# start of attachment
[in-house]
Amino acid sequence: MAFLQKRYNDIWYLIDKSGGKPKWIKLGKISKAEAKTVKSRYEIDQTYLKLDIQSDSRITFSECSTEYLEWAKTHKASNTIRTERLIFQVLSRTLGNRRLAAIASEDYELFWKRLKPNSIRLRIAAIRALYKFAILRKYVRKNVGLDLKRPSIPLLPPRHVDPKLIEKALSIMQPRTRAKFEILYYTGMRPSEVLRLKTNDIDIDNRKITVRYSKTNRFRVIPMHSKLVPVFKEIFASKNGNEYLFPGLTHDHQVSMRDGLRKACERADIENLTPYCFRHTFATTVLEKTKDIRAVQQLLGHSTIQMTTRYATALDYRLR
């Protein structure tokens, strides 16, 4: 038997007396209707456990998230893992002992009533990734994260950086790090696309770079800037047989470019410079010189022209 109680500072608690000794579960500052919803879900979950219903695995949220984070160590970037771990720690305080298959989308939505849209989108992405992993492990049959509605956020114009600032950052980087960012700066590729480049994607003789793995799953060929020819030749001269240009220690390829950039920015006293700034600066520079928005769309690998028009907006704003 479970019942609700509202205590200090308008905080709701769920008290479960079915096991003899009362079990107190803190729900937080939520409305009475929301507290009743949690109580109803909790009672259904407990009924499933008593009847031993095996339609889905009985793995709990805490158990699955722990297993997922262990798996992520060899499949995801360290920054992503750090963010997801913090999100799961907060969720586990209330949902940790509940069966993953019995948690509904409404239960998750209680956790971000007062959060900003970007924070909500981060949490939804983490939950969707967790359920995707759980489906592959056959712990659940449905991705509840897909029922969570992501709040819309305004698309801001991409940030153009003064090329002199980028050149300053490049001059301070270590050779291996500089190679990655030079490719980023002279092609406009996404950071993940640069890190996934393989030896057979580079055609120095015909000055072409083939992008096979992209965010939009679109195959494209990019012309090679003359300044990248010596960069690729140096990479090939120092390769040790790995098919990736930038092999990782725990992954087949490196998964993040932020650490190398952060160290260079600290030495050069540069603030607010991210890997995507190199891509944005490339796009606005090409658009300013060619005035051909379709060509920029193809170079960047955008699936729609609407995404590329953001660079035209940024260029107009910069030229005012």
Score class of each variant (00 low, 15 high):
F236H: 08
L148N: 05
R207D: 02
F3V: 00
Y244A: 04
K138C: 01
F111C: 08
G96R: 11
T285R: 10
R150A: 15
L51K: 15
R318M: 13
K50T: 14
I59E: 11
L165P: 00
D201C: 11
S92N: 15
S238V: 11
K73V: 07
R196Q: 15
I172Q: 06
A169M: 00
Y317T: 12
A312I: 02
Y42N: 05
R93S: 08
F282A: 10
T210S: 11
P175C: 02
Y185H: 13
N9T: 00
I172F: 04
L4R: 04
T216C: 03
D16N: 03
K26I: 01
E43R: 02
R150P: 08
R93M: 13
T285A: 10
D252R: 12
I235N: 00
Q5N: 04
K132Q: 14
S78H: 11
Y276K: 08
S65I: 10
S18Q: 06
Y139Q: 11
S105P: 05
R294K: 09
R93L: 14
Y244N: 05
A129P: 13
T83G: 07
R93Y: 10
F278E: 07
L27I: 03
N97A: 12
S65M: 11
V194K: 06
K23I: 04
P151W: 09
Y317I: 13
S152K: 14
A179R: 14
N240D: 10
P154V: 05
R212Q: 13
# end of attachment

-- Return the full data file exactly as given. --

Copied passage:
[in-house]
Amino acid sequence: MAFLQKRYNDIWYLIDKSGGKPKWIKLGKISKAEAKTVKSRYEIDQTYLKLDIQSDSRITFSECSTEYLEWAKTHKASNTIRTERLIFQVLSRTLGNRRLAAIASEDYELFWKRLKPNSIRLRIAAIRALYKFAILRKYVRKNVGLDLKRPSIPLLPPRHVDPKLIEKALSIMQPRTRAKFEILYYTGMRPSEVLRLKTNDIDIDNRKITVRYSKTNRFRVIPMHSKLVPVFKEIFASKNGNEYLFPGLTHDHQVSMRDGLRKACERADIENLTPYCFRHTFATTVLEKTKDIRAVQQLLGHSTIQMTTRYATALDYRLR
């Protein structure tokens, strides 16, 4: 038997007396209707456990998230893992002992009533990734994260950086790090696309770079800037047989470019410079010189022209 109680500072608690000794579960500052919803879900979950219903695995949220984070160590970037771990720690305080298959989308939505849209989108992405992993492990049959509605956020114009600032950052980087960012700066590729480049994607003789793995799953060929020819030749001269240009220690390829950039920015006293700034600066520079928005769309690998028009907006704003 479970019942609700509202205590200090308008905080709701769920008290479960079915096991003899009362079990107190803190729900937080939520409305009475929301507290009743949690109580109803909790009672259904407990009924499933008593009847031993095996339609889905009985793995709990805490158990699955722990297993997922262990798996992520060899499949995801360290920054992503750090963010997801913090999100799961907060969720586990209330949902940790509940069966993953019995948690509904409404239960998750209680956790971000007062959060900003970007924070909500981060949490939804983490939950969707967790359920995707759980489906592959056959712990659940449905991705509840897909029922969570992501709040819309305004698309801001991409940030153009003064090329002199980028050149300053490049001059301070270590050779291996500089190679990655030079490719980023002279092609406009996404950071993940640069890190996934393989030896057979580079055609120095015909000055072409083939992008096979992209965010939009679109195959494209990019012309090679003359300044990248010596960069690729140096990479090939120092390769040790790995098919990736930038092999990782725990992954087949490196998964993040932020650490190398952060160290260079600290030495050069540069603030607010991210890997995507190199891509944005490339796009606005090409658009300013060619005035051909379709060509920029193809170079960047955008699936729609609407995404590329953001660079035209940024260029107009910069030229005012």
Score class of each variant (00 low, 15 high):
F236H: 08
L148N: 05
R207D: 02
F3V: 00
Y244A: 04
K138C: 01
F111C: 08
G96R: 11
T285R: 10
R150A: 15
L51K: 15
R318M: 13
K50T: 14
I59E: 11
L165P: 00
D201C: 11
S92N: 15
S238V: 11
K73V: 07
R196Q: 15
I172Q: 06
A169M: 00
Y317T: 12
A312I: 02
Y42N: 05
R93S: 08
F282A: 10
T210S: 11
P175C: 02
Y185H: 13
N9T: 00
I172F: 04
L4R: 04
T216C: 03
D16N: 03
K26I: 01
E43R: 02
R150P: 08
R93M: 13
T285A: 10
D252R: 12
I235N: 00
Q5N: 04
K132Q: 14
S78H: 11
Y276K: 08
S65I: 10
S18Q: 06
Y139Q: 11
S105P: 05
R294K: 09
R93L: 14
Y244N: 05
A129P: 13
T83G: 07
R93Y: 10
F278E: 07
L27I: 03
N97A: 12
S65M: 11
V194K: 06
K23I: 04
P151W: 09
Y317I: 13
S152K: 14
A179R: 14
N240D: 10
P154V: 05
R212Q: 13